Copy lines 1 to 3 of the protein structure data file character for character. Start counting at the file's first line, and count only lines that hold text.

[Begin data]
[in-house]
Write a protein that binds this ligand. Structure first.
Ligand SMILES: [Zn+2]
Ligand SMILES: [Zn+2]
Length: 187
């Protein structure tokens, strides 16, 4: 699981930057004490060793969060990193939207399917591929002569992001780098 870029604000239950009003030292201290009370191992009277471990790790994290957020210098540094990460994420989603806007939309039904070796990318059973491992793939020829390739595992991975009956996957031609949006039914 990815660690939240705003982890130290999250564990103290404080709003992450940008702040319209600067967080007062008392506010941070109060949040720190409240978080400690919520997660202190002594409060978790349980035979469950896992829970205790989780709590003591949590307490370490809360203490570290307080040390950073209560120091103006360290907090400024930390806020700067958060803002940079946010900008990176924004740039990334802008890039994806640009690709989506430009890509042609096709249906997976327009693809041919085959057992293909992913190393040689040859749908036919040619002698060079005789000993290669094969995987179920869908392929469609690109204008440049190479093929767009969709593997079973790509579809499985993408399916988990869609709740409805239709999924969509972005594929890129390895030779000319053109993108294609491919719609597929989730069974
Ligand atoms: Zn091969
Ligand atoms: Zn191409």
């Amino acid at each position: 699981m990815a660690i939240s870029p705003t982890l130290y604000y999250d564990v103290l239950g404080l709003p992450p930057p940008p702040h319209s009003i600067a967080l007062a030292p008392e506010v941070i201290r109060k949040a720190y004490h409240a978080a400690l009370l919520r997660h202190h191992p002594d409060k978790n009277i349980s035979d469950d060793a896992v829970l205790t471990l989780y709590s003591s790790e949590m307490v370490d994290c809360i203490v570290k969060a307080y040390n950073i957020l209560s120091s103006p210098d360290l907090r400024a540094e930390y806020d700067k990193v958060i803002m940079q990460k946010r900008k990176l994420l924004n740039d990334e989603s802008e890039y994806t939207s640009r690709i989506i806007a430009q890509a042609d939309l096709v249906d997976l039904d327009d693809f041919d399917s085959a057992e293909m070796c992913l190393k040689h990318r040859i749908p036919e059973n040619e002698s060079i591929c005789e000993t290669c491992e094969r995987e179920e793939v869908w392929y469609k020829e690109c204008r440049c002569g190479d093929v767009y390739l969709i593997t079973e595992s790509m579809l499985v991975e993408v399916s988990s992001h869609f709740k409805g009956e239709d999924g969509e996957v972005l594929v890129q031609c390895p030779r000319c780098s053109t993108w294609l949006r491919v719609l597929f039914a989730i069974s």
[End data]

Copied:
[in-house]
Write a protein that binds this ligand. Structure first.
Ligand SMILES: [Zn+2]